The Black Square.

1. Edward Wormley, side tables
2. Kazimir Malevich, 1914
3. Charles Ray, ink box, 1986

"When, in the year 1913, in my desperate attempt to free art from the ballast of objectivity, I took refuge in the square form and exhibited a picture which consisted of nothing more than a black square on a white field, the critics and, along with them, the public sighed, '

"Everything which we loved is lost. We are in a desert . . . . Before us is nothing but a black square on a white background!" . . . .

Even I was gripped by a kind of timidity bordering on fear when it came to leaving "the world of will and idea," in which I had lived and worked and in the reality of which I had believed. But a blissful sense of liberating nonobjectivity drew me forth into the "desert," where nothing is real except feeling . . . and so feeling became the substance of my life.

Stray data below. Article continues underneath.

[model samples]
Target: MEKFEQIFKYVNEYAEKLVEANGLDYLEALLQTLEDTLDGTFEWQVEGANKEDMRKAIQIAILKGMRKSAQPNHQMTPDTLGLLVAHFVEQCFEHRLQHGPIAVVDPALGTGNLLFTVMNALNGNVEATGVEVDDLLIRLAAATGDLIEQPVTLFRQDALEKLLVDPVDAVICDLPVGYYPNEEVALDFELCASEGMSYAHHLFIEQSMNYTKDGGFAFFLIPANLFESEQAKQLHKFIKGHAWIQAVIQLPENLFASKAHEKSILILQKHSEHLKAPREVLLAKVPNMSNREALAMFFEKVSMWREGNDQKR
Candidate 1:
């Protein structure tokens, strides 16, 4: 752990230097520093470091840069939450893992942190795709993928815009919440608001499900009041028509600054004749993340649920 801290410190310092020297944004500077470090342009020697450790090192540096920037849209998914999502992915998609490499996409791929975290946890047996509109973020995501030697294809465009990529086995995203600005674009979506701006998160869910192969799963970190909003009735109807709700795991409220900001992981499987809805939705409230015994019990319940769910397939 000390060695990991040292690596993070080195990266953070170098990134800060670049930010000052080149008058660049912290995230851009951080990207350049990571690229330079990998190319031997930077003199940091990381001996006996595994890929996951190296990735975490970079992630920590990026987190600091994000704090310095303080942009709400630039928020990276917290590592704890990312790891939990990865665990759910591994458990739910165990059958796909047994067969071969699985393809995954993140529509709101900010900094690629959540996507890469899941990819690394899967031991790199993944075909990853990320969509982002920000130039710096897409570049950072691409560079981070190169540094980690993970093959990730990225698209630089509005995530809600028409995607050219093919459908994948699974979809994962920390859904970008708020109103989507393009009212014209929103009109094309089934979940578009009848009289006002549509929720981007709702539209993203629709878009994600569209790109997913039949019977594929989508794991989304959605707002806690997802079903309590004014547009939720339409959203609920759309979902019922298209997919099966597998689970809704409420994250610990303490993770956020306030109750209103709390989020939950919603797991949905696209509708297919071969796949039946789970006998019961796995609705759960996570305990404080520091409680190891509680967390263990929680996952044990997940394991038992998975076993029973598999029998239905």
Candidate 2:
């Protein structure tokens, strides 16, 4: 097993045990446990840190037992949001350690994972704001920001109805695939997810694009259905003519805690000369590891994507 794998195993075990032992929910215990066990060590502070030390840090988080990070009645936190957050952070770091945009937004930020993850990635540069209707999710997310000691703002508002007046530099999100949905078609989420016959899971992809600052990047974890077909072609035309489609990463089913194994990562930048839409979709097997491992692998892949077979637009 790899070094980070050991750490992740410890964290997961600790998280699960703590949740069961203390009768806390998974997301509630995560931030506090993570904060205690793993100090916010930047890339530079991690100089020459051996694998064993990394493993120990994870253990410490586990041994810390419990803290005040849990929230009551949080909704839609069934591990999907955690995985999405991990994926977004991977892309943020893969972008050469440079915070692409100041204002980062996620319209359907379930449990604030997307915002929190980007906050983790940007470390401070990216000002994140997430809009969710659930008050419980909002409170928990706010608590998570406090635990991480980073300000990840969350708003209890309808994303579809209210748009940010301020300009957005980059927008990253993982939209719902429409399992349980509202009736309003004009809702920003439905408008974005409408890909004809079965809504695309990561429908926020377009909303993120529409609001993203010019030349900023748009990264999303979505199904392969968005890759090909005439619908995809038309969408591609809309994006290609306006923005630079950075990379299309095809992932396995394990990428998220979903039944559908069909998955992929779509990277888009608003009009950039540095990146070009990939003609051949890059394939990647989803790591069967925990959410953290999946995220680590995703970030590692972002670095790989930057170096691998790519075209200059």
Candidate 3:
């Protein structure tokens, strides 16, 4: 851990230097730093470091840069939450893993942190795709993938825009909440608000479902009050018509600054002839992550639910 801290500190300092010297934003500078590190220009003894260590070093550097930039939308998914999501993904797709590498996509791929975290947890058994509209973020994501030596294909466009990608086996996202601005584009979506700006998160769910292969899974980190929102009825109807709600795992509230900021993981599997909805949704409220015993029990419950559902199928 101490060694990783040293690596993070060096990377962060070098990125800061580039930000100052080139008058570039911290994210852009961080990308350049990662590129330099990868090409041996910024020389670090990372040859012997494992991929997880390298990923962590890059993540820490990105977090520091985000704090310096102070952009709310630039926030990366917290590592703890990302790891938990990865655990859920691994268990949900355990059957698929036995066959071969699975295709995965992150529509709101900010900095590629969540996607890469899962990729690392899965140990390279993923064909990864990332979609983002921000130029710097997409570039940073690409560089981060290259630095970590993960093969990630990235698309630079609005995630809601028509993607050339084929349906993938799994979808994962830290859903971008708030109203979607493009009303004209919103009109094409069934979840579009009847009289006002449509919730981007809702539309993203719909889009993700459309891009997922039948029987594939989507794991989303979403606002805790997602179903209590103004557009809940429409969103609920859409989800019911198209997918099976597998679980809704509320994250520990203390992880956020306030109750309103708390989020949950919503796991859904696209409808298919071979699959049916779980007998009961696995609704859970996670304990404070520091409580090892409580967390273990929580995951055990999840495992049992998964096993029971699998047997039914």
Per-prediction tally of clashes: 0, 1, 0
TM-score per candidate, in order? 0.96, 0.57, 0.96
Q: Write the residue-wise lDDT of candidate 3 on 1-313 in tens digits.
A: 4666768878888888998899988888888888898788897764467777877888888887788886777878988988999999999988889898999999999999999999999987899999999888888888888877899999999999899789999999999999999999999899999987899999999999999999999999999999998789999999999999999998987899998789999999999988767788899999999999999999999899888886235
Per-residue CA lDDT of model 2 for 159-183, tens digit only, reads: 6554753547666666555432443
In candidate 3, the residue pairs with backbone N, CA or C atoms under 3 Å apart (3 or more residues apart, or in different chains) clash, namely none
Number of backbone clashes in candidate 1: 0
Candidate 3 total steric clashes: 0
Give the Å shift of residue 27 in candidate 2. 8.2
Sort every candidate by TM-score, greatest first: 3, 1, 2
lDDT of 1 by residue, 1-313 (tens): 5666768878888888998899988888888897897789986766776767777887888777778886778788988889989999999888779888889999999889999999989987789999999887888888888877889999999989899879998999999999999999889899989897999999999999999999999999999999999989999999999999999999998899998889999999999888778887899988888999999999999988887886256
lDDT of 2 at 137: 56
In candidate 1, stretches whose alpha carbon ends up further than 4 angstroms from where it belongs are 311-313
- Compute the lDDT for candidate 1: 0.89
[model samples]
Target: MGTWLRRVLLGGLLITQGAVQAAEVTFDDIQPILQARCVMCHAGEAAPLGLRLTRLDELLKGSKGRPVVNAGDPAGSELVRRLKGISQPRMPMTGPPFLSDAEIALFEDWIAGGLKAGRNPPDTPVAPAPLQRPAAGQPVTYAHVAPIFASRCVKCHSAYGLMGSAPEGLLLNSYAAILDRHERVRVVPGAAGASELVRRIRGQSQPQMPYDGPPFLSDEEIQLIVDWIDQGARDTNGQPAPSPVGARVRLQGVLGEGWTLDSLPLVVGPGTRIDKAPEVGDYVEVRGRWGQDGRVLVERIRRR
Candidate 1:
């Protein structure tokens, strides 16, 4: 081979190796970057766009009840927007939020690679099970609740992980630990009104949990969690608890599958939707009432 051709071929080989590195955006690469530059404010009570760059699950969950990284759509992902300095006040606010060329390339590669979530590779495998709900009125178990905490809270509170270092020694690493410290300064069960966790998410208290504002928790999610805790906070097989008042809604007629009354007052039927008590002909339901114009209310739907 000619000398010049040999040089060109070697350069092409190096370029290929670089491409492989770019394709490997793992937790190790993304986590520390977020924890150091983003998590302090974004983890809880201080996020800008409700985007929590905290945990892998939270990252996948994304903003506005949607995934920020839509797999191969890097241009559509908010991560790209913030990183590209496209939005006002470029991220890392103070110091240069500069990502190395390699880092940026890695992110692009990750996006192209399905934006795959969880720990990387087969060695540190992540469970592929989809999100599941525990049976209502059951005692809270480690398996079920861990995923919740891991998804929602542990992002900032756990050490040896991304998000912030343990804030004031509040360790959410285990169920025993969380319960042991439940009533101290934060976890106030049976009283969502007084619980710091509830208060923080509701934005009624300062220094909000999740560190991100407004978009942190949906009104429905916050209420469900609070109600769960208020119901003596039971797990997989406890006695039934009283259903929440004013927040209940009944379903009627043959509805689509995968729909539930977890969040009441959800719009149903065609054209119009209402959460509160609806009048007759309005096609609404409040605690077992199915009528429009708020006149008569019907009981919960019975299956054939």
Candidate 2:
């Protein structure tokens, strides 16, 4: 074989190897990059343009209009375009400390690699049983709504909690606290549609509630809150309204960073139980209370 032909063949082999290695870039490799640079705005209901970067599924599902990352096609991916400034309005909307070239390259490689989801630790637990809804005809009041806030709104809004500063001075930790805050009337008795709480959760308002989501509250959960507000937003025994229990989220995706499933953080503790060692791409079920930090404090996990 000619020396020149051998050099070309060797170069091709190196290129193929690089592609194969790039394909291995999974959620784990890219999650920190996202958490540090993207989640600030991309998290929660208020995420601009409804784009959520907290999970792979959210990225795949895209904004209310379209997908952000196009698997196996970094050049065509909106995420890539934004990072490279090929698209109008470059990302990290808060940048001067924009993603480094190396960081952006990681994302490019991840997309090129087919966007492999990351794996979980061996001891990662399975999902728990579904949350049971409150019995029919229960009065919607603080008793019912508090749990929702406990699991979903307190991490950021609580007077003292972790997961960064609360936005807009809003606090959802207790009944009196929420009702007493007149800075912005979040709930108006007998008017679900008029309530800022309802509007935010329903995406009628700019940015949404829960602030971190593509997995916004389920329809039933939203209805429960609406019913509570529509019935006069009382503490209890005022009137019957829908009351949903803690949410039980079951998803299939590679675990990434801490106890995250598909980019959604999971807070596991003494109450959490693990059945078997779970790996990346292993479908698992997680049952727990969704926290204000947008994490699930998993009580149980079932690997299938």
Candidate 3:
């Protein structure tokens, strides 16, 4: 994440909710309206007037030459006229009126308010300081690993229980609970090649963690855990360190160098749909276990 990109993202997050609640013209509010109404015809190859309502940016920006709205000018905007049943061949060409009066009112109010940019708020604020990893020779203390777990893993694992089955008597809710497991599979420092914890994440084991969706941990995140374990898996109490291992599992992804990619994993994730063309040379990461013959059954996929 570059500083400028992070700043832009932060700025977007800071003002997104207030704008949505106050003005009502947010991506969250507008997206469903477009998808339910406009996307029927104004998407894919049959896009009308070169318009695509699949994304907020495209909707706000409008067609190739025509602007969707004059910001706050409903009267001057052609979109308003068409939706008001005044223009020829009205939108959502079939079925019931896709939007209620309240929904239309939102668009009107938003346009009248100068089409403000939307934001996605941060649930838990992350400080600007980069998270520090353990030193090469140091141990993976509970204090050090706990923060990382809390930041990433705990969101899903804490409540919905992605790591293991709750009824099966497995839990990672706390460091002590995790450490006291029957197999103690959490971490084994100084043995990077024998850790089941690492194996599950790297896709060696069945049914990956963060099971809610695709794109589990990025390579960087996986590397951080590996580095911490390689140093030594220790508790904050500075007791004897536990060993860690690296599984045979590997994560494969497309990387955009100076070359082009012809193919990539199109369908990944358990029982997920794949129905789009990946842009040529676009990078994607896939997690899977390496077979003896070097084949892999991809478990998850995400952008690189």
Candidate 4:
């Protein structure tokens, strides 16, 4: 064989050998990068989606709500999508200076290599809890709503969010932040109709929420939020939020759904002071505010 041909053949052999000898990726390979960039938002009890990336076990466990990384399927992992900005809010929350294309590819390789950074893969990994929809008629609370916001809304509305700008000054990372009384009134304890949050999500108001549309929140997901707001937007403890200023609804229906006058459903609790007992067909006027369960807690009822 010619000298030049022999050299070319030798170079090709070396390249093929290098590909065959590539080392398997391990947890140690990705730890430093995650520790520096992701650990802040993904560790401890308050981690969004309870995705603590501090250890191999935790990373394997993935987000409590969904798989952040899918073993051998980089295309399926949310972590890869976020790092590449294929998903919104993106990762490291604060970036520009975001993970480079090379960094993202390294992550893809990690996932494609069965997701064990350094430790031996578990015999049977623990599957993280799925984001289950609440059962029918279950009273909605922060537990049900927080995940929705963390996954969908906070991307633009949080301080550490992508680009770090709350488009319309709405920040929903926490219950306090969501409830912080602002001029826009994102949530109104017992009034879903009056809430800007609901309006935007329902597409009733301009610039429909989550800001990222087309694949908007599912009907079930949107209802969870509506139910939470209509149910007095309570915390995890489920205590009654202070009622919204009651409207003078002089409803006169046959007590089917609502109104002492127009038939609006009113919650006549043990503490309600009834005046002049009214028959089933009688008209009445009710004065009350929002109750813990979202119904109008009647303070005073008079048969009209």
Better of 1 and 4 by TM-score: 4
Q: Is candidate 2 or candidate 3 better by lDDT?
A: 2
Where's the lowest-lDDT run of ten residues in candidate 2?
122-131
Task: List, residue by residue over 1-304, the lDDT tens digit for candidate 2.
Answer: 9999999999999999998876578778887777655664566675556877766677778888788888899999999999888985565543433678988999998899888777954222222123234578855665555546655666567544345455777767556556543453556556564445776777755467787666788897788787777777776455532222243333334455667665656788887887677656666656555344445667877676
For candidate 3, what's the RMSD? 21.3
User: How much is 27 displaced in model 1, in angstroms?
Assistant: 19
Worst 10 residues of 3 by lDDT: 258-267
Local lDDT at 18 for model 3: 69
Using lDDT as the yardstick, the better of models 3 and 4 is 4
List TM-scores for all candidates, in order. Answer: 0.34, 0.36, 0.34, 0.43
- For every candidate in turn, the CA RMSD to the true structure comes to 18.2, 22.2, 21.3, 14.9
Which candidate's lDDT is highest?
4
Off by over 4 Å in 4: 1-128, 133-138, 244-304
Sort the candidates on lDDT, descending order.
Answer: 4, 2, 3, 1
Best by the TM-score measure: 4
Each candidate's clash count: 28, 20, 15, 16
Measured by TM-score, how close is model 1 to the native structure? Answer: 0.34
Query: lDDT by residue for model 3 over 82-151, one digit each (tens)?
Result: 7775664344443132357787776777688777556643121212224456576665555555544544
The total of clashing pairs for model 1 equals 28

This was no "empty square" which I had exhibited but rather the feeling of nonobjectivity. . . . Suprematism is the rediscovery of pure art that, in the course of time, had become obscured by the accumulation of "things" . . . . The black square on the white field was the first form in which nonobjective feeling came to be expressed.

taken from here...